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Shopping around? How households adjusted food spending over the Great Recession

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  • Griffith, Rachel
  • O'Connell, Martin
  • Smith, Kate

Abstract

Over the Great Recession real wages stagnated and unemployment increased. Concurrently, food prices rose sharply, outstripping growth in food expenditure, and leading to a reduction in calories purchased. This has led to concern about rising food poverty. We study British households to assess how they adjusted to changes in the economic environment. We show they switched to cheaper calories; implying food consumption was smoother than expenditure. We use longitudinal data to quantify the way households lowered their per calorie spending, and show they done this in part by increasing shopping effort, and without lowering the nutritional quality of their groceries.

Suggested Citation

  • Griffith, Rachel & O'Connell, Martin & Smith, Kate, 2014. "Shopping around? How households adjusted food spending over the Great Recession," CEPR Discussion Papers 10096, C.E.P.R. Discussion Papers.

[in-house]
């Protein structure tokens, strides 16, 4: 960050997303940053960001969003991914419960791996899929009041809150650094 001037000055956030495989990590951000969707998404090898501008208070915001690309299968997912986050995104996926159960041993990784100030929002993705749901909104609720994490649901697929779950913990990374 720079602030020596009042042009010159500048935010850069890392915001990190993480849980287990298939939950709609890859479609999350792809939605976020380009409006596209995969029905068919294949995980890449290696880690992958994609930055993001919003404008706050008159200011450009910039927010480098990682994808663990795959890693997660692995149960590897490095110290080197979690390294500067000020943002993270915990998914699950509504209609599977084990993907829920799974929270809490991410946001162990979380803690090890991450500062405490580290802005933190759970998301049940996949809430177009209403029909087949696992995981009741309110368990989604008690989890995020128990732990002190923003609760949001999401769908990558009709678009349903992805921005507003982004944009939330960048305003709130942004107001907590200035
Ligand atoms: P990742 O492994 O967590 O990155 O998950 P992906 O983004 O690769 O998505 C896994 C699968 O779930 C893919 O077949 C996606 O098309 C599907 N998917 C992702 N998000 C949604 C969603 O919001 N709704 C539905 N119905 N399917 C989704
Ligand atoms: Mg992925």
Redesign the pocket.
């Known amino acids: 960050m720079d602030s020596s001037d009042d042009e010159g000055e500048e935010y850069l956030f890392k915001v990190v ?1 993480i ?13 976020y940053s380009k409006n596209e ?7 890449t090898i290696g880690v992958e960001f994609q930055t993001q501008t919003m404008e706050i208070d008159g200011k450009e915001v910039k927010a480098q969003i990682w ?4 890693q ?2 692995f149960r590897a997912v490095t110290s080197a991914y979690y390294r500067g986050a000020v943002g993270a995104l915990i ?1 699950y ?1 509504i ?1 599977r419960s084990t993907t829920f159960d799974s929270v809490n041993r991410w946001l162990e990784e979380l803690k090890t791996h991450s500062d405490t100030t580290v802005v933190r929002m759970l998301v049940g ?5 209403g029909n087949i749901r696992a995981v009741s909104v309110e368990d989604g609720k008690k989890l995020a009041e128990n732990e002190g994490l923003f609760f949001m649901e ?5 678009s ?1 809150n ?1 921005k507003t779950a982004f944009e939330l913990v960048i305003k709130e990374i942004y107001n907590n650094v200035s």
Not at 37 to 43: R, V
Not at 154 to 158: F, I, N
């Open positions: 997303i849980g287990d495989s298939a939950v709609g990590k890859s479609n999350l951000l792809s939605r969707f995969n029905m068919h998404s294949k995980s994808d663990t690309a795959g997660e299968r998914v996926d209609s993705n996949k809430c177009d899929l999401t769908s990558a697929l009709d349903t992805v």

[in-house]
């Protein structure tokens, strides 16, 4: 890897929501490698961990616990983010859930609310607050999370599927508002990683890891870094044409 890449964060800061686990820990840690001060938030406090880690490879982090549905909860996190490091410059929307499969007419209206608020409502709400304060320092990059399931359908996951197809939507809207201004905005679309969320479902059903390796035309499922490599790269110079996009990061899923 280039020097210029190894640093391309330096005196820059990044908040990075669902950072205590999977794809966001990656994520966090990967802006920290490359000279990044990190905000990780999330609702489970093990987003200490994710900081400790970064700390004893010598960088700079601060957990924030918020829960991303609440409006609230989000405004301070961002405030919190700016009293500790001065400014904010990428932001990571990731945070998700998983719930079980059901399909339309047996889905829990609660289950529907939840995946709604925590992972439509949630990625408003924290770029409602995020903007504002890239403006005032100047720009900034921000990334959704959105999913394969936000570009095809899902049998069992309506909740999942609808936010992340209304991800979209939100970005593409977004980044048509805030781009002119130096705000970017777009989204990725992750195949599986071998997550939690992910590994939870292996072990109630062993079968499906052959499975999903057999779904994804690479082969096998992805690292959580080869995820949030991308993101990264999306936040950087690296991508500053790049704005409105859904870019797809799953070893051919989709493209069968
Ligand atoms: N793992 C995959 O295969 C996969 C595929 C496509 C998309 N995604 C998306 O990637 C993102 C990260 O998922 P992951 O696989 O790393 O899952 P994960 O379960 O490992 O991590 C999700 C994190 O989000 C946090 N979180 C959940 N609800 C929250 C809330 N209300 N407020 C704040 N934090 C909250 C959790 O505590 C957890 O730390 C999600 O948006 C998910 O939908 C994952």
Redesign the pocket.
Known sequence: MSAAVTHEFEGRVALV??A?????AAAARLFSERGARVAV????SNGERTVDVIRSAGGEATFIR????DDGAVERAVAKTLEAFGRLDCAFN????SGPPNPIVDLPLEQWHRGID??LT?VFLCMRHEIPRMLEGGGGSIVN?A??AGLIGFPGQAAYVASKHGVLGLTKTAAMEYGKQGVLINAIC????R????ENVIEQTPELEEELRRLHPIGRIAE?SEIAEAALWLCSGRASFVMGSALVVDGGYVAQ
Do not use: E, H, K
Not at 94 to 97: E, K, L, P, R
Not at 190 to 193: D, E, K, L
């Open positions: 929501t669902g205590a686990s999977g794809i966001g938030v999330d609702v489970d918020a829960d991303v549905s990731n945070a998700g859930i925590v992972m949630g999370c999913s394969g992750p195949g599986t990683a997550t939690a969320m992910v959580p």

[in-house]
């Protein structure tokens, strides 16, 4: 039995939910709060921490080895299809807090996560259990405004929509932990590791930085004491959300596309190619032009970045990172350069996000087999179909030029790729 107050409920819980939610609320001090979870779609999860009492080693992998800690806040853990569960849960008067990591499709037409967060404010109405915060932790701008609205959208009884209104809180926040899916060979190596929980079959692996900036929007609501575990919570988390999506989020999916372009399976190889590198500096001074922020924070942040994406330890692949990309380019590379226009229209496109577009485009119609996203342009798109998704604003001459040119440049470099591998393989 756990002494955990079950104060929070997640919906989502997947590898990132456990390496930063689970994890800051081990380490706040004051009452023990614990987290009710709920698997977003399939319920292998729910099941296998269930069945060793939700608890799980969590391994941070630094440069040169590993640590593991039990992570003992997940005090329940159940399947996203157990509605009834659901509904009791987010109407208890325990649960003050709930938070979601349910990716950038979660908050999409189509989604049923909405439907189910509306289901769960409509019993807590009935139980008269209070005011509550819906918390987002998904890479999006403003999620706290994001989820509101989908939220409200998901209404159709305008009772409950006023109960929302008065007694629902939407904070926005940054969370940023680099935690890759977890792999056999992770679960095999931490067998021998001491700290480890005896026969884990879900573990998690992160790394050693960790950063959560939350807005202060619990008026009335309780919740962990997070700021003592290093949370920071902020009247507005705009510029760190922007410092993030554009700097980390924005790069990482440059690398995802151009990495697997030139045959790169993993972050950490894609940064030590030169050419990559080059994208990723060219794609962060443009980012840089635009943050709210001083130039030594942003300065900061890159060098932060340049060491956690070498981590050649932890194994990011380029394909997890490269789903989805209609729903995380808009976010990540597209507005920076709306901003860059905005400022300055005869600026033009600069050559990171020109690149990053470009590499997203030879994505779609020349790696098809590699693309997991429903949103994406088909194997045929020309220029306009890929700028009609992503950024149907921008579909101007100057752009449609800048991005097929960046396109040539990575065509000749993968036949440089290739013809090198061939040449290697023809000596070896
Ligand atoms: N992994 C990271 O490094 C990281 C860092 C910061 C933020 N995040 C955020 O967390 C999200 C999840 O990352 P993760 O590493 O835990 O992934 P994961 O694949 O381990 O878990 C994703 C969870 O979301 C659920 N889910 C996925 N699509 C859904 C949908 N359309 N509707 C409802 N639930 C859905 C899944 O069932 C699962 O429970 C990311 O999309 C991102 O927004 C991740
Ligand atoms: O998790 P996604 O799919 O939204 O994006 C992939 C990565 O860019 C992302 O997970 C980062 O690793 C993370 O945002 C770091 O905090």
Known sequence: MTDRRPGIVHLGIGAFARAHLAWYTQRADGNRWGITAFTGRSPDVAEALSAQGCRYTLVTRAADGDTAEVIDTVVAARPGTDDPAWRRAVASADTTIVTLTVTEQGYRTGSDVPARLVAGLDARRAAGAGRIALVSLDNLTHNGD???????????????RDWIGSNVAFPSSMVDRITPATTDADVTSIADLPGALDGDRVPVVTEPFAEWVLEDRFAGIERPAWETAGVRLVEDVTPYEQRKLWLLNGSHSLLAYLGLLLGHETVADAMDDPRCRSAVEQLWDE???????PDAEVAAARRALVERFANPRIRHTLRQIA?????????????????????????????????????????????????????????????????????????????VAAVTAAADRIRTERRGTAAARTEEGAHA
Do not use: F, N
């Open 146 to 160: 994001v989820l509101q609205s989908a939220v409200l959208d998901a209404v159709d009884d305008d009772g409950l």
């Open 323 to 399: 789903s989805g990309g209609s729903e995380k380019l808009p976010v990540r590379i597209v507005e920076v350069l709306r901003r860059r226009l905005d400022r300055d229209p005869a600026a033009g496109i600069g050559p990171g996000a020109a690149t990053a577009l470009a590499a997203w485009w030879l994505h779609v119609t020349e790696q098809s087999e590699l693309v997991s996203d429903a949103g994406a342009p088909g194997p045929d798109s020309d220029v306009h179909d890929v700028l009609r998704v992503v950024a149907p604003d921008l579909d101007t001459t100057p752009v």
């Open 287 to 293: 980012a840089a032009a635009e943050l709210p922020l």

• Handle: RePEc:cpr:ceprdp:10096
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    Cited by:

    1. Alena Bicakova & Guido Matias Cortes & Jacopo Mazza, 2018. "Caught in the Cycle: Economic Conditions at Enrollment and Labor Market Outcomes of College Graduates," Working Paper series 18-32, Rimini Centre for Economic Analysis.
    2. repec:eee:jeborg:v:141:y:2017:i:c:p:210-232 is not listed on IDEAS
    3. Stephanie von Hinke & George Leckie, 2017. "Protecting Calorie Intakes against Income Shocks," Bristol Economics Discussion Papers 17/684, Department of Economics, University of Bristol, UK.
    4. repec:bla:jeurec:v:14:y:2016:i:6:p:1253-1286 is not listed on IDEAS
    5. Rachel Griffith & Rodrigo Lluberas & Melanie Lührmann, 2016. "Gluttony And Sloth? Calories, Labor Market Activity And The Rise Of Obesity," Journal of the European Economic Association, European Economic Association, vol. 14(6), pages 1253-1286, December.

    More about this item

    Keywords

    nutrition; opportunity cost of time; shopping behaviour;

    JEL classification:

    • D12 - Microeconomics - - Household Behavior - - - Consumer Economics: Empirical Analysis
    • I31 - Health, Education, and Welfare - - Welfare, Well-Being, and Poverty - - - General Welfare, Well-Being

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